Expert advice on getting your home cold-weather ready

McClatchy-Tribune Information Services

Autumnís mostly warm days make it a perfect time to take on some home maintenance tasks and prepare your abode for fall.

Gutter cleaning should be at the top of the fall to-do list, say home-care experts. Dropping leaves, twigs and other debris can clog gutters and downspouts. That can lead to ice dams when winterís snows and freezing temperatures arrive, causing roof damage and water flowing into the house, said Mike Clear, vice president of American Home Shield, a home-warranty company.

Angie Hicks, chief marketing officer of Angieís List, which crowd-sources reviews of local businesses nationwide, added that clogged gutters can also lead to water problems in the basement because water overflows the gutters and goes down the side of the house.

Be sure to wait until all the leaves have fallen since if itís done too early, itís possible gutters will get clogged again, said J.B. Sassano, president of Mr. Handyman, a nationwide commercial and residential repair firm.

While gutter cleaning feels like a project homeowners can tackle, Hicks cautioned that without the right ladder, this task can be very dangerous. Itís a job that may be best left to professionals, but make sure the company has insurance and workers-compensation insurance for their employees, she added.

Power-wash and seal decks at this time, and make sure there are no leaves stuck on them to prevent mold and algae buildup. "Deck people recommend sealing in the fall and not the spring to give a fresh seal to it to get the deck through the winter," Hicks said.

Fall is good time to trim trees that are touching the home to avoid potential damage from thunderstorms and keep pests away. Tree branches "make a great entryway for squirrels into your attic. You want them trimmed away so youíre not the winter hotel," Hicks said.

Speaking of outdoor creatures, walk the perimeter of the house inspecting for cracks that may offer entry into the home. Insects like ants and box elder bugs, along with rodents will seek the warmth of a house in late fall.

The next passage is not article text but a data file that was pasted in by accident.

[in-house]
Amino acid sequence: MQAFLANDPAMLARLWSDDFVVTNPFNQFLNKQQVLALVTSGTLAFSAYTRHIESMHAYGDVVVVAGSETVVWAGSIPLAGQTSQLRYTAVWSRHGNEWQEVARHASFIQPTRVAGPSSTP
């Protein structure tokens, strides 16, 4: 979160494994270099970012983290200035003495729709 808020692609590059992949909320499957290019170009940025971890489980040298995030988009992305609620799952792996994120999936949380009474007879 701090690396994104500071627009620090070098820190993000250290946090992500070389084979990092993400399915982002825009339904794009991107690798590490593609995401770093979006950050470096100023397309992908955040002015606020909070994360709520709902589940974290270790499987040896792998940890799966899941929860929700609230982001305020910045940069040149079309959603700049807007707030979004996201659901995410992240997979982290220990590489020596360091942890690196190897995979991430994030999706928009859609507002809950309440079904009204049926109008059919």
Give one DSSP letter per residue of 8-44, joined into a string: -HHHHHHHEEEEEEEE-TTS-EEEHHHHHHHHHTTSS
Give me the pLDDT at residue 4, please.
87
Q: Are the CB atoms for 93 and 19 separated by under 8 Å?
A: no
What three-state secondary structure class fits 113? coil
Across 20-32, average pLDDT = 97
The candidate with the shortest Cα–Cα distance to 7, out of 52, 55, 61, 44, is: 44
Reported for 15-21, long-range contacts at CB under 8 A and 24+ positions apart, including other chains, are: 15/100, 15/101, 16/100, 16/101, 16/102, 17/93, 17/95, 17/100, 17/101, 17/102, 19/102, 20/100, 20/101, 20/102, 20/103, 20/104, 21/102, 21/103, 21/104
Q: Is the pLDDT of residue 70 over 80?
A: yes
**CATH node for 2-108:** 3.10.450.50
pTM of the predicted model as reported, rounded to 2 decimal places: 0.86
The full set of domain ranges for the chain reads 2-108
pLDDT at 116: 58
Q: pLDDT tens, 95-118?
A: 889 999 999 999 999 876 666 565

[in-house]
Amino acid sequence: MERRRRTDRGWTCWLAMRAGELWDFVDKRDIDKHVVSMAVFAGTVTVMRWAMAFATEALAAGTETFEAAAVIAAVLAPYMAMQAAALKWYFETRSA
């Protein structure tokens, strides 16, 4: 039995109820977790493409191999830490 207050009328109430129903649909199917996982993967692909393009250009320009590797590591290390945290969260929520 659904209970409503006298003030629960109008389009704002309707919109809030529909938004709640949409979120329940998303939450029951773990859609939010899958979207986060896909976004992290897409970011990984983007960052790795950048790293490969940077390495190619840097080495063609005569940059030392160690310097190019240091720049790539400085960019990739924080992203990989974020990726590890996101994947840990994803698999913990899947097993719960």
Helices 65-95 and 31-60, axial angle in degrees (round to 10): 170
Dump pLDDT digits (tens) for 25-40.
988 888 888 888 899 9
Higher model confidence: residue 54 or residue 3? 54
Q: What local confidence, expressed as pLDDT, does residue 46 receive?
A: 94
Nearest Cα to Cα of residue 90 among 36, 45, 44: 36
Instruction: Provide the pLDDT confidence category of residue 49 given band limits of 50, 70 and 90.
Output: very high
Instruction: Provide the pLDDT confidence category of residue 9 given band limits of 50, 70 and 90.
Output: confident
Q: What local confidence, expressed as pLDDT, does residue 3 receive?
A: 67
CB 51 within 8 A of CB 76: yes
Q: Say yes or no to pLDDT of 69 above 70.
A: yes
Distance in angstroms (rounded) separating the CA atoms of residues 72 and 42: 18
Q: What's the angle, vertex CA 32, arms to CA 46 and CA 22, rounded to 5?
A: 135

Judy Black, vice president for North America technical services at Rentokil Steritech, a pest-control company, said itís best to seal exterior cracks early in the season. Rats can enter through openings only a half-inch wide, roughly the size of a quarter, and mice through a quarter-inch hole, roughly the size of a dime, she says.

"Remember to look up. In areas with roof rats, they often enter around fascia or other eave/roof openings," she said.

Most insects seeking entry are harmless, but annoying, Black said. Thereís a reason to seal up a home in early fall at the latest. "If you seal up your house after they are already inside you can create a situation where they are even more annoying," she said.

Keep an eye on fall decorations. "Hay bales can introduce mice to your property and some decorations like maize (corn) may provide a food source for rodents and stored-products insects," Black said.

Inside the home, tune up the furnace and clean chimneys so theyíre ready before the colder weather hits, said Sassano, Clear and Hicks.

"Not only will a furnace run more efficiently all year long, but just by keeping it maintained it reduces the odds that it will go out with a mechanical break. Inevitably they always go out on the coldest day of the year," she said.

Other energy-saving activities for the fall are to add attic insulation or check for air leaks around windows and doors.

Sassano said a one-eighth inch gap under the door can lead to the same heat loss as a 3-inch hole drilled into the side of the home. To find potential leaks, hold a burning candle or incense stick around door and window frames during a windy day. If the flame or smoke diverts, weatherstripping is necessary, he said.

Big household chores that require time and detail like washing the windows, removing scratches from furniture, removing stains from carpets and rugs and cleaning mattresses are also traditionally tackled in the fall, said Meg Roberts, president of Molly Maid, a residential cleaning firm.

A lot of these fall jobs are ones that homeowners put off, but Hicks said many handymen will run specials for homecare around this time, especially for the outside as they try and book work until the end of the season.

Finally, Hicks said, homeowners in snowy areas should use this time to line up snow-removal companies or get their snow blower tuned up.

"They get very busy when the snow first falls. If you wait until winter you wonít get anyone," she said.

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